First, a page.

Instagram may have become the most popular and most used photo-sharing app for both iOS and Android platforms but just like any other app, it’s not perfect. In fact, a new loophole has been discovered recently. According to experts, the new Instagram security flaw may allow attackers to delete photos or even take over accounts. The loophole was discovered in Instagram version 3.1.2 running on an iOS device.
The Instagram API uses both HTTP and HTTPS connections to send requests and data. Sensitive information such as profile editing data and login credentials are often sent via HTTPS because it is a secured channel. But it has been discovered recently by folks at reventlov.com that some data are actually sent using the other channel making the vulnerable to exploitation by some attackers who may have known the loophole.
If data are sent via HTTP channel, the only form of authentication required is a standard cookie that is often sent without encryption every time a user starts the Instagram app. Attackers that might be on the same network as with the iPhone or iPad may be able to intercept the data through a simple arpspoofing attack and can exploit the information to their liking. If it happens and attackers may be able to authenticate using intercepted information, they already have an ultimate access to the account and they can change login credentials anytime or delete photos.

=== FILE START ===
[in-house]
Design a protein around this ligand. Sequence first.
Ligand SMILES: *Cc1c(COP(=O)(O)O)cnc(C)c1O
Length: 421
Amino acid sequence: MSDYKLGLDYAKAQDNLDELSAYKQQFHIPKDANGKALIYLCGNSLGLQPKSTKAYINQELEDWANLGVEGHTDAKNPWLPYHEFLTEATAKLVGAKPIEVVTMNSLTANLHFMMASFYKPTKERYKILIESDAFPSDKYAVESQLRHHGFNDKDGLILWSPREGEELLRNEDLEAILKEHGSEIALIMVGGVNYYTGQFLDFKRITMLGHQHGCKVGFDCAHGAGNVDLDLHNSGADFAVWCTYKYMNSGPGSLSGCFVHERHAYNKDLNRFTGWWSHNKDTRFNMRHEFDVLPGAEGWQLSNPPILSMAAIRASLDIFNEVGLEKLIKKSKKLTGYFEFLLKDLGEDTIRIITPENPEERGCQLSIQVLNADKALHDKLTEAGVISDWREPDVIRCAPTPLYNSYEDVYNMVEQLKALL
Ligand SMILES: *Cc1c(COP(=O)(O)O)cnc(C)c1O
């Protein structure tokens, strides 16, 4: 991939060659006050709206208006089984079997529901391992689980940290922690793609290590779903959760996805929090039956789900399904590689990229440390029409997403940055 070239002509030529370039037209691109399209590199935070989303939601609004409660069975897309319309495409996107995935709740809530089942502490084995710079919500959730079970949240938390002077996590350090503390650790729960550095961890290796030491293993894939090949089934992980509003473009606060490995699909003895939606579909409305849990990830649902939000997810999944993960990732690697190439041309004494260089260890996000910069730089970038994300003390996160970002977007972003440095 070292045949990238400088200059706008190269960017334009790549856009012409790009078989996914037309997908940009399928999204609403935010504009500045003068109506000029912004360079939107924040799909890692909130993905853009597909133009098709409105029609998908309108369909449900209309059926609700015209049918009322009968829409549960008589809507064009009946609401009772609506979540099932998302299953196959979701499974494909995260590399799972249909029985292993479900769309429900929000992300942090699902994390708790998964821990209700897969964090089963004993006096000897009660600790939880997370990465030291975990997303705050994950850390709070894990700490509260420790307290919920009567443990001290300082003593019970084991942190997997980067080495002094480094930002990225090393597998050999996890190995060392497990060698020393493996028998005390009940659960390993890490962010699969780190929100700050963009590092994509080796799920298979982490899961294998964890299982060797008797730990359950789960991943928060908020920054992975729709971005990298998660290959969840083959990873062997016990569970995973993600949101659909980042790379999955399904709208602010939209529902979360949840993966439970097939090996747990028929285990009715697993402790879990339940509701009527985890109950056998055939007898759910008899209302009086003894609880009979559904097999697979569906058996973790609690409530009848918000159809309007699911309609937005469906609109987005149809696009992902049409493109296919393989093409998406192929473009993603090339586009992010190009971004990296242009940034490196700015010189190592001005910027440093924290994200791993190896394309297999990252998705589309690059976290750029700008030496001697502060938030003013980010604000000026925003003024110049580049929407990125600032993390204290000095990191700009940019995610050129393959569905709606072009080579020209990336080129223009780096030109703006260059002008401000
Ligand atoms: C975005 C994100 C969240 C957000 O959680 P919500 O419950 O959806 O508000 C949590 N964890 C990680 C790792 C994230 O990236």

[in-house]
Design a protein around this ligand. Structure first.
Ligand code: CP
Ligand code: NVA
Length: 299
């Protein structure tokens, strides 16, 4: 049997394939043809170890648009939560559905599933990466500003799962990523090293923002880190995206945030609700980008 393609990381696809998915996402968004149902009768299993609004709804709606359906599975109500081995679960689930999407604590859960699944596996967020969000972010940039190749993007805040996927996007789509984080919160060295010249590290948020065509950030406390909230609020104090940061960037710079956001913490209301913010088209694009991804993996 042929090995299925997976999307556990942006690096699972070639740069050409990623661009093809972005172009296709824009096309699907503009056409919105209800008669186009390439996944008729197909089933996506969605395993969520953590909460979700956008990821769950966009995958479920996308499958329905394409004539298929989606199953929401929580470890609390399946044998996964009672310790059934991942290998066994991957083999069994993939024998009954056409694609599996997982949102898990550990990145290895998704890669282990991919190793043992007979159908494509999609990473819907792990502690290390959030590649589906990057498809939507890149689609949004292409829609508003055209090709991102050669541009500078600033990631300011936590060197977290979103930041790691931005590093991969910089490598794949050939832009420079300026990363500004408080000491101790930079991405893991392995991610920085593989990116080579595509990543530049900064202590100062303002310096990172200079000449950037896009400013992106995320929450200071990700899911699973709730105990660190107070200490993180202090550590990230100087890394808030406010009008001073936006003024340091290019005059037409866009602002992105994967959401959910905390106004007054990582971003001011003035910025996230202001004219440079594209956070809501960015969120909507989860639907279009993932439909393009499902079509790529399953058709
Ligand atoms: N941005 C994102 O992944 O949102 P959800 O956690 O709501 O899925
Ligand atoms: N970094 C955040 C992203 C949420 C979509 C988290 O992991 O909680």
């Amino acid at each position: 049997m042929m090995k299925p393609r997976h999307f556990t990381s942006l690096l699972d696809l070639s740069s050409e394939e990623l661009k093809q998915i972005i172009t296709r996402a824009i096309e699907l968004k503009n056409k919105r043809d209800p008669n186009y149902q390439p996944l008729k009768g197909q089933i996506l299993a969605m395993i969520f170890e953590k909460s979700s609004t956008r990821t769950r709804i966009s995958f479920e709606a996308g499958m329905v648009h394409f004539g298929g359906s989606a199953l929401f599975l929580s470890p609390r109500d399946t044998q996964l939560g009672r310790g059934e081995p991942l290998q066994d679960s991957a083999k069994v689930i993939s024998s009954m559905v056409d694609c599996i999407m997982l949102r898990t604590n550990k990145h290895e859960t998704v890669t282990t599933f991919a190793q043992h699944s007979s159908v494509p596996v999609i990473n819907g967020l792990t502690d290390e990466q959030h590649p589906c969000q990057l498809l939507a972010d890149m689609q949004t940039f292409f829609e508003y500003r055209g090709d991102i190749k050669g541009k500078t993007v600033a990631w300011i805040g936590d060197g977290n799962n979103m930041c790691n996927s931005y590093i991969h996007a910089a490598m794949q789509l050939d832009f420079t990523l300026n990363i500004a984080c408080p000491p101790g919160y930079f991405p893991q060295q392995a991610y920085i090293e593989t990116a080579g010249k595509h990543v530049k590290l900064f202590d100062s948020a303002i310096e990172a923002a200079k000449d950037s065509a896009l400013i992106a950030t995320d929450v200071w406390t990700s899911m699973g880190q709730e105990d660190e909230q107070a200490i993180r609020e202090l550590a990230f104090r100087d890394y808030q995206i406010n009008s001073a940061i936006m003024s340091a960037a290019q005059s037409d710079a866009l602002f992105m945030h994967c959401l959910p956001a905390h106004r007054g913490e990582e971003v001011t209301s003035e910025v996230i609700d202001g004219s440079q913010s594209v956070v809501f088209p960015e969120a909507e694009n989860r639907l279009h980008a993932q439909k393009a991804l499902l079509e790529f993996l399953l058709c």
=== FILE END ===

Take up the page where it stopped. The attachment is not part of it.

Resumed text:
The folks who have discovered the flaw made it public on November 10th and they contacted Instagram about it a day later but all they got was an automated response. Up until now, this issue may still be on-going so iOS device owners who might be using Instagram more often should use HTTPS channel most of the times, or never to use just any open WiFi access point.
This issue might only concerns Instagram but more often, attackers know exactly what to find to be able to gain access to other accounts including Facebook, Twitter and even emails. Precautionary measures should be taken especially by people who might be storing some sensitive data on their devices.